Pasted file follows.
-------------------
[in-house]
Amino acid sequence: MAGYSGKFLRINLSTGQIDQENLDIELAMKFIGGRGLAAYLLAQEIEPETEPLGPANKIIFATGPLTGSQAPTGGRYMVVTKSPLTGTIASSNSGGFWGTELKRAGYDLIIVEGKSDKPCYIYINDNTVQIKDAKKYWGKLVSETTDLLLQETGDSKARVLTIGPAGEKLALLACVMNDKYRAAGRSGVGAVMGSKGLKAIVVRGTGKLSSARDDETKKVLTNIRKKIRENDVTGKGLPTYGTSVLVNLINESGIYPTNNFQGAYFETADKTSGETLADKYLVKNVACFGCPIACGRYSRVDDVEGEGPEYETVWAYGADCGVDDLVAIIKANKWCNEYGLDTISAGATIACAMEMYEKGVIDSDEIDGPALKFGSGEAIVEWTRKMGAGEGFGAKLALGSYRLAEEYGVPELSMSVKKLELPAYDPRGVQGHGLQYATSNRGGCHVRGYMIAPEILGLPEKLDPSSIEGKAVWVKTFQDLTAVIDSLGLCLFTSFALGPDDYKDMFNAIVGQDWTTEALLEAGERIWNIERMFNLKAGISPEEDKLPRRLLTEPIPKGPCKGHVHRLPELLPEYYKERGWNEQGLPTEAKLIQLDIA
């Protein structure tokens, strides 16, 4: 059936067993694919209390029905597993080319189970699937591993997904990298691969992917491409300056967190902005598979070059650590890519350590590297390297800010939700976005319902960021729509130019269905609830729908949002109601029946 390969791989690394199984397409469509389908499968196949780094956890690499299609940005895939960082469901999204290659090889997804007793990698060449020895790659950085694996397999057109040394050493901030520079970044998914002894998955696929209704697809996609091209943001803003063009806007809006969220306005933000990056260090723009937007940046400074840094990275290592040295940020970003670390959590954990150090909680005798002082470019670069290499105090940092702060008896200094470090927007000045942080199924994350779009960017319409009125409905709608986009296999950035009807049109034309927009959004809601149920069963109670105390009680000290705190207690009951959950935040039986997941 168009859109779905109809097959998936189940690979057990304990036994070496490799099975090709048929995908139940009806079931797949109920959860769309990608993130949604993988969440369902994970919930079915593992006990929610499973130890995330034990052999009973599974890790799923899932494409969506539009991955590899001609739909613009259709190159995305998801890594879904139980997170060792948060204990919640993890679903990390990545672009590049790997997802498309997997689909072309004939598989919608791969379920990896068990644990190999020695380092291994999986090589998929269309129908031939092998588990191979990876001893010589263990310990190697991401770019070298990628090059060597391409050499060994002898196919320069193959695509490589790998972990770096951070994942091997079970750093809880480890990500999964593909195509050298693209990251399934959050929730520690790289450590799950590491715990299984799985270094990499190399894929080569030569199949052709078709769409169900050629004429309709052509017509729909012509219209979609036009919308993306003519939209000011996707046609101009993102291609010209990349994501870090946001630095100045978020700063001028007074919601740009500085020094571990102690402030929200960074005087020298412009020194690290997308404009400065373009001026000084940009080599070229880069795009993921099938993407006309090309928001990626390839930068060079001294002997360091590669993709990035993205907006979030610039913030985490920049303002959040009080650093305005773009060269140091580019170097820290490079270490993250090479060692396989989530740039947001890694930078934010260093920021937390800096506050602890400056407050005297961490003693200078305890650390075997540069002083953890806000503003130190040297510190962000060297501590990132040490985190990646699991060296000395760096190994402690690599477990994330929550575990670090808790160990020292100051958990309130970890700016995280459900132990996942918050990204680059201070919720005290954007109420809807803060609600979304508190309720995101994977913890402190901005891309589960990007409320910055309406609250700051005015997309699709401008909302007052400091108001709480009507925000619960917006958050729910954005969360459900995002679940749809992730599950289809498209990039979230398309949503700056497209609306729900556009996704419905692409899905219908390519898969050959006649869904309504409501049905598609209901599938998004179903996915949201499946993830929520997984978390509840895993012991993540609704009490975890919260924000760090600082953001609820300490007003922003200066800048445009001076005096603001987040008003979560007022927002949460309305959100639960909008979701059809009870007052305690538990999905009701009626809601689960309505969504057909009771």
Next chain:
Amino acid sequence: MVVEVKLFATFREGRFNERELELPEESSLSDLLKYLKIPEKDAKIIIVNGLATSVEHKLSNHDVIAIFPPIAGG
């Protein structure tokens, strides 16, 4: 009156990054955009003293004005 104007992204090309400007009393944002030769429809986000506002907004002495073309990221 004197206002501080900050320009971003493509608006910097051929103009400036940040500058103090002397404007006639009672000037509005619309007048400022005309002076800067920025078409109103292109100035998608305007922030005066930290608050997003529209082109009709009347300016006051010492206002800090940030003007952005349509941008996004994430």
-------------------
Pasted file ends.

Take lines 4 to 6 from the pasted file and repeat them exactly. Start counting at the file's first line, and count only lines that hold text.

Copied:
Next chain:
Amino acid sequence: MVVEVKLFATFREGRFNERELELPEESSLSDLLKYLKIPEKDAKIIIVNGLATSVEHKLSNHDVIAIFPPIAGG
């Protein structure tokens, strides 16, 4: 009156990054955009003293004005 104007992204090309400007009393944002030769429809986000506002907004002495073309990221 004197206002501080900050320009971003493509608006910097051929103009400036940040500058103090002397404007006639009672000037509005619309007048400022005309002076800067920025078409109103292109100035998608305007922030005066930290608050997003529209082109009709009347300016006051010492206002800090940030003007952005349509941008996004994430």